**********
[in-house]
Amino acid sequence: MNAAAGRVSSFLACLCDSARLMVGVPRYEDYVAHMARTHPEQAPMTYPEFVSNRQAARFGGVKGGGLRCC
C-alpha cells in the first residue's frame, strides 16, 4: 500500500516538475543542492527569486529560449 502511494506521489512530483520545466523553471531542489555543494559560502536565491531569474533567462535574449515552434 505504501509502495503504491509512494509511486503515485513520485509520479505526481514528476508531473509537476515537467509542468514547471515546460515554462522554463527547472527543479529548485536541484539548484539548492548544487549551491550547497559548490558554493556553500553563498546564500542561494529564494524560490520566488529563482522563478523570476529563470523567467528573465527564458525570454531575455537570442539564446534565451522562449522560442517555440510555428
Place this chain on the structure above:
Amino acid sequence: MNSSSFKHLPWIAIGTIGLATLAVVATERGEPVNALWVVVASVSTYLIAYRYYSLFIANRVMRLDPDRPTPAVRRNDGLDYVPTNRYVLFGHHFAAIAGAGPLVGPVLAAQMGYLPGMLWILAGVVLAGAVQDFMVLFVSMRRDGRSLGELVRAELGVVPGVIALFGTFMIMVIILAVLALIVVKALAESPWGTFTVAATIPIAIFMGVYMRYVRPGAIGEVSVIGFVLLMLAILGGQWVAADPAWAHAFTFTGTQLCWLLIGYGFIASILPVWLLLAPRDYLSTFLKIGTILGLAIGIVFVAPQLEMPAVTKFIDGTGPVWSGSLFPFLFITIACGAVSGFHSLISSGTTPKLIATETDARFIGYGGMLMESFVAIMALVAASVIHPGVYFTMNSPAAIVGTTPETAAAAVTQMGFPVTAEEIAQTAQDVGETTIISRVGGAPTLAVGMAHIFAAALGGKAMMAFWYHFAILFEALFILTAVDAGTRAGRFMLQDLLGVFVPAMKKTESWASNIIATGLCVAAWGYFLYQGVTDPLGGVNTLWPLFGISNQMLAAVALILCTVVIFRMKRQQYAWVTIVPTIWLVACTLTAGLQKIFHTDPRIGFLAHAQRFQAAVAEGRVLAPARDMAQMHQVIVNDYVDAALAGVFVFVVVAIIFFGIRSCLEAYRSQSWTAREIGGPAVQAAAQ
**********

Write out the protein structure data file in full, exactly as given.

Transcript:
[in-house]
Amino acid sequence: MNAAAGRVSSFLACLCDSARLMVGVPRYEDYVAHMARTHPEQAPMTYPEFVSNRQAARFGGVKGGGLRCC
C-alpha cells in the first residue's frame, strides 16, 4: 500500500516538475543542492527569486529560449 502511494506521489512530483520545466523553471531542489555543494559560502536565491531569474533567462535574449515552434 505504501509502495503504491509512494509511486503515485513520485509520479505526481514528476508531473509537476515537467509542468514547471515546460515554462522554463527547472527543479529548485536541484539548484539548492548544487549551491550547497559548490558554493556553500553563498546564500542561494529564494524560490520566488529563482522563478523570476529563470523567467528573465527564458525570454531575455537570442539564446534565451522562449522560442517555440510555428
Place this chain on the structure above:
Amino acid sequence: MNSSSFKHLPWIAIGTIGLATLAVVATERGEPVNALWVVVASVSTYLIAYRYYSLFIANRVMRLDPDRPTPAVRRNDGLDYVPTNRYVLFGHHFAAIAGAGPLVGPVLAAQMGYLPGMLWILAGVVLAGAVQDFMVLFVSMRRDGRSLGELVRAELGVVPGVIALFGTFMIMVIILAVLALIVVKALAESPWGTFTVAATIPIAIFMGVYMRYVRPGAIGEVSVIGFVLLMLAILGGQWVAADPAWAHAFTFTGTQLCWLLIGYGFIASILPVWLLLAPRDYLSTFLKIGTILGLAIGIVFVAPQLEMPAVTKFIDGTGPVWSGSLFPFLFITIACGAVSGFHSLISSGTTPKLIATETDARFIGYGGMLMESFVAIMALVAASVIHPGVYFTMNSPAAIVGTTPETAAAAVTQMGFPVTAEEIAQTAQDVGETTIISRVGGAPTLAVGMAHIFAAALGGKAMMAFWYHFAILFEALFILTAVDAGTRAGRFMLQDLLGVFVPAMKKTESWASNIIATGLCVAAWGYFLYQGVTDPLGGVNTLWPLFGISNQMLAAVALILCTVVIFRMKRQQYAWVTIVPTIWLVACTLTAGLQKIFHTDPRIGFLAHAQRFQAAVAEGRVLAPARDMAQMHQVIVNDYVDAALAGVFVFVVVAIIFFGIRSCLEAYRSQSWTAREIGGPAVQAAAQ